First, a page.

Against all odds, Naulana survived and went on to produce our senior stallion, Aurik
Her story begins with us, in the spring of 1973. At the time, our ranch was located in Martinez, California. Through neighbors
and friends, I let it be known that I was searching for daughters of the grand old stallion, Aulani,
a Rifnas son. Aulani and his half-brother Ziyadi were the winners of the early-day Arabian horse races held in
Southern California, in connection with the early Arabian shows. Aulani was bred by H.H. Reese, Aulani's dam, Follyat,
was given to Mr. Reese by W.K Kellogg at the time Mr. Reese left the management of the Kellogg Ranch to start his
own Arabian establishment. Mr. Kellogg gave Mr. Reese his pick of any of the Kellogg mares and, from them, Mr. Reese selected
Follyat. Follyat, bred to Rifnas, then produces Aulani, a multi-champion show horse as well as being successful at racing.
Aulani, living most of his life in Carmel Valley, California, had very few purebred daughters. I later found two of these~
Naulana in Wyoming and Ralah in Montana. Naulana gave us one wonderful colt, but Ralah was to remain barren until her
death at 24 years.
Aulani was a magnificent copper chestnut stallion, nearly 16 hands tall. As a young girl, in the early 1950's, I spent
many of the my summers at the ranch where he lived. Aulani was kept in a large corral with an almost solid twelve foot
high wood fence. His regal bearing and extreme loneliness was more than I could bear at times. Fortunately, he was used
often on trail rides, after his racing and show career ended, so he did have other "horse" contact. Due to a sever injury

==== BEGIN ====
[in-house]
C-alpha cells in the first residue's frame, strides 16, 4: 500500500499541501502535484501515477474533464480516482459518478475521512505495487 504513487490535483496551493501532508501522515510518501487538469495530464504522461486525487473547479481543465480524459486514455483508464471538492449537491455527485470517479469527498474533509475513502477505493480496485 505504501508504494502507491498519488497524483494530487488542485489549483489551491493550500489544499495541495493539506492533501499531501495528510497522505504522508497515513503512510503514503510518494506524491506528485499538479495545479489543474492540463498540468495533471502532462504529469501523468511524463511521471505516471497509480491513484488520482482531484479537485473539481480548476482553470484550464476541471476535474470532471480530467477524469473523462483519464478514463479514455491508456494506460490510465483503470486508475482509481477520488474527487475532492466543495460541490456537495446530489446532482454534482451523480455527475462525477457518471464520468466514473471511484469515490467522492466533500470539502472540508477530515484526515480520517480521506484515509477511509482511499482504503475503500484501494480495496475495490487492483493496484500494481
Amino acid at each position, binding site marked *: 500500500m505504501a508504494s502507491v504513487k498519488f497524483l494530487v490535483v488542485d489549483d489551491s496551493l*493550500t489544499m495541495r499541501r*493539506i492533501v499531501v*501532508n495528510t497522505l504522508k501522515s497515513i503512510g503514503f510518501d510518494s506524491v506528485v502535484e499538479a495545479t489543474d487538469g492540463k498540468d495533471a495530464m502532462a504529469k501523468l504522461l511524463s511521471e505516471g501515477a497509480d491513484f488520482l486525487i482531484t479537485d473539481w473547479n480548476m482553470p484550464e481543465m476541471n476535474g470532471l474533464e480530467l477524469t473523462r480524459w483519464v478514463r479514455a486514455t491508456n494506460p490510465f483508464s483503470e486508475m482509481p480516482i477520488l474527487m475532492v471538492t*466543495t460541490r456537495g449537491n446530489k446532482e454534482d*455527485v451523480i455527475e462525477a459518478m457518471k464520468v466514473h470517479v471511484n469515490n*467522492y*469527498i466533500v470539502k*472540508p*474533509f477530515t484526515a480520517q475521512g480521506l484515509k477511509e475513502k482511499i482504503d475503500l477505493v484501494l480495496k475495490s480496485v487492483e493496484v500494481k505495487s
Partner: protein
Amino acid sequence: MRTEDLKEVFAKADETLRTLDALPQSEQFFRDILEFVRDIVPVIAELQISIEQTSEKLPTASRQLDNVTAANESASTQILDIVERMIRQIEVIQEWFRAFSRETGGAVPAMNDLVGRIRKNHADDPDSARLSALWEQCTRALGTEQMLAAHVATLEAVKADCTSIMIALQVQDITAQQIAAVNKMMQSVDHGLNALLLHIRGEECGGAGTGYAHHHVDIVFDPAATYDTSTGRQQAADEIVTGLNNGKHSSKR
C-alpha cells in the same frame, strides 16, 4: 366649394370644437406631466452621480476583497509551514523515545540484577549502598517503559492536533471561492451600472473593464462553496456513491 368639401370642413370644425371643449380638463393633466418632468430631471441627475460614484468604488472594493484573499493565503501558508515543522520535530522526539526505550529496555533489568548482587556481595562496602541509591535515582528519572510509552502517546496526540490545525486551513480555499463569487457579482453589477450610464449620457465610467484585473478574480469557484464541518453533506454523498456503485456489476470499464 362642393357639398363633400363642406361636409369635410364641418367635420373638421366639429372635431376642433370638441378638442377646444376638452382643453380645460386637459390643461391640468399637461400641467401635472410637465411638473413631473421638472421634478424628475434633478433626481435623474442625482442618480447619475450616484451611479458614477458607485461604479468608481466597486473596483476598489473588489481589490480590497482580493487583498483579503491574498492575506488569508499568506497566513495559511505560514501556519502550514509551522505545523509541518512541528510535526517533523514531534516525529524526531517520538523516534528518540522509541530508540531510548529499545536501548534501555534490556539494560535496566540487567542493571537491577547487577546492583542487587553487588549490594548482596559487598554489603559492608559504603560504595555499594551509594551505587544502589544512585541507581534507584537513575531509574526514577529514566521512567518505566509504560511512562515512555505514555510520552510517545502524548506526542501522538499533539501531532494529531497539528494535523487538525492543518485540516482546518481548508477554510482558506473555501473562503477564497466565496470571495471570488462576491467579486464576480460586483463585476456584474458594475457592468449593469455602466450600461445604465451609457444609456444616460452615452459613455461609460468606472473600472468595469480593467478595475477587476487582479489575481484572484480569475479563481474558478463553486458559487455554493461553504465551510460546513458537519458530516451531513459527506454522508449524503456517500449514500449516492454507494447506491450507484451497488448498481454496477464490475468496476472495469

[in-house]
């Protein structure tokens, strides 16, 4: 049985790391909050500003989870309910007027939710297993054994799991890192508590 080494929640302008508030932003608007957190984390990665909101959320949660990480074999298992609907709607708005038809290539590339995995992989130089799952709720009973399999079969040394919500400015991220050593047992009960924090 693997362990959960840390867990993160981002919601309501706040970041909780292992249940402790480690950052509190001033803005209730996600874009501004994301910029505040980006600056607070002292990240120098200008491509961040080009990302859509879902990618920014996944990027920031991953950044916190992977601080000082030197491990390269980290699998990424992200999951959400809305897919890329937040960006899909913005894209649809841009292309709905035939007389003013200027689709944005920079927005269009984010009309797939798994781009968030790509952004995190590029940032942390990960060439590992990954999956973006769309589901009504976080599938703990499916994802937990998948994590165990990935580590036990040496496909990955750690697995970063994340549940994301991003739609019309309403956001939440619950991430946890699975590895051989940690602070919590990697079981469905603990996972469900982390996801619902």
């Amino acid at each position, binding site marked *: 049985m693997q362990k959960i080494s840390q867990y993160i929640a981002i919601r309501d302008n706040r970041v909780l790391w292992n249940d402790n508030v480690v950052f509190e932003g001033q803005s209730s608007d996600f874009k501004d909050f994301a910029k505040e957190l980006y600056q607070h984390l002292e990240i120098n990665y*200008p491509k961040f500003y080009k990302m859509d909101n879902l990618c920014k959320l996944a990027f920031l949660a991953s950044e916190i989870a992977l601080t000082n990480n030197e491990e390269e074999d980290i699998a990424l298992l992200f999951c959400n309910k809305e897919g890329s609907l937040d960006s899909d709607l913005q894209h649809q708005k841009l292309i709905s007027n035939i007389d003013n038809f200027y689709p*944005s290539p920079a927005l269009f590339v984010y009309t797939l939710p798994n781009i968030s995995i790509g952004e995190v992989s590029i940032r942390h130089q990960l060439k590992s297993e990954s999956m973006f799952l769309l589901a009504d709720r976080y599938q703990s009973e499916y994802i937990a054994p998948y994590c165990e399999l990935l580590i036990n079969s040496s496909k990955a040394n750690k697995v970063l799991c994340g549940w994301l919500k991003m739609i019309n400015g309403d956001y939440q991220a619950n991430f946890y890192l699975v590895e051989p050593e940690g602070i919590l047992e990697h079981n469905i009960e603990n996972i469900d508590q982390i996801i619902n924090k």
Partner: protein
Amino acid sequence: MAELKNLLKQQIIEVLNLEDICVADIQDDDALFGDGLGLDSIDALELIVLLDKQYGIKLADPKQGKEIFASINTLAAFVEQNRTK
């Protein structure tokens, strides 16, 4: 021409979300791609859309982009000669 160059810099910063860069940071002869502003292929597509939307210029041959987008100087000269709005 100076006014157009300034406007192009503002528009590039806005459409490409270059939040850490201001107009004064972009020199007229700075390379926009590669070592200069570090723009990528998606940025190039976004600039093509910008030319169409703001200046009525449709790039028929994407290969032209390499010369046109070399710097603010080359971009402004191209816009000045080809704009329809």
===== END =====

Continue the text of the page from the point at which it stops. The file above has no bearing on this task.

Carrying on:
to his shoulder during one of these rides, his last years were to be spent in his 12' high fenced corral. On of my tasks
was his grooming and did he love this attention!
Years later, with loving thoughts of my years with this grand old man, I was to own a daughter of his and lease another.
Through the contacts that I had made in early 1973, Naulana was located in Wyoming, a "hares breath" away from being
destroyed. She and her foal, Naulani, were owned by an older couple and pastured with other mares and foals on their
several hundred acre prairie. The mares and foals were left to their own devices to seek and find food. Most of the mares and
foals were starving. With their aged mares, the older couple would wean the foals by shooting the mares, then herd the foals
back home. Contact was made with the owners and arrangements were made to ship Naulana and her colt just a week before Naulana
was due to be shot. (How many of our fine Arabians suffer this fate?)
The long journey for Naulana to California was to take place in November 1973. Several horses were being shipped with
her and her colt. Upon departure, they were all loaded into a stock trailer, with Naulana being loaded last, the thought being
that if she died en-route, as she surely would, it would be easier to unload her carcass! Thirty hours later, with badly swollen
legs and a battered body, the exhausted old mare arrived in Martinez alive, but barely! (The other horses in the trailer,
all loose, could care less about one old mare and her foal.)
Naulana and her colt arrived at the worst possible time. It was late at night, after 10 p.m., the power in the area was going
out and a fierce storm was raging with howling winds and freezing rain. Our dogs alerted us to their arrival. With flashlights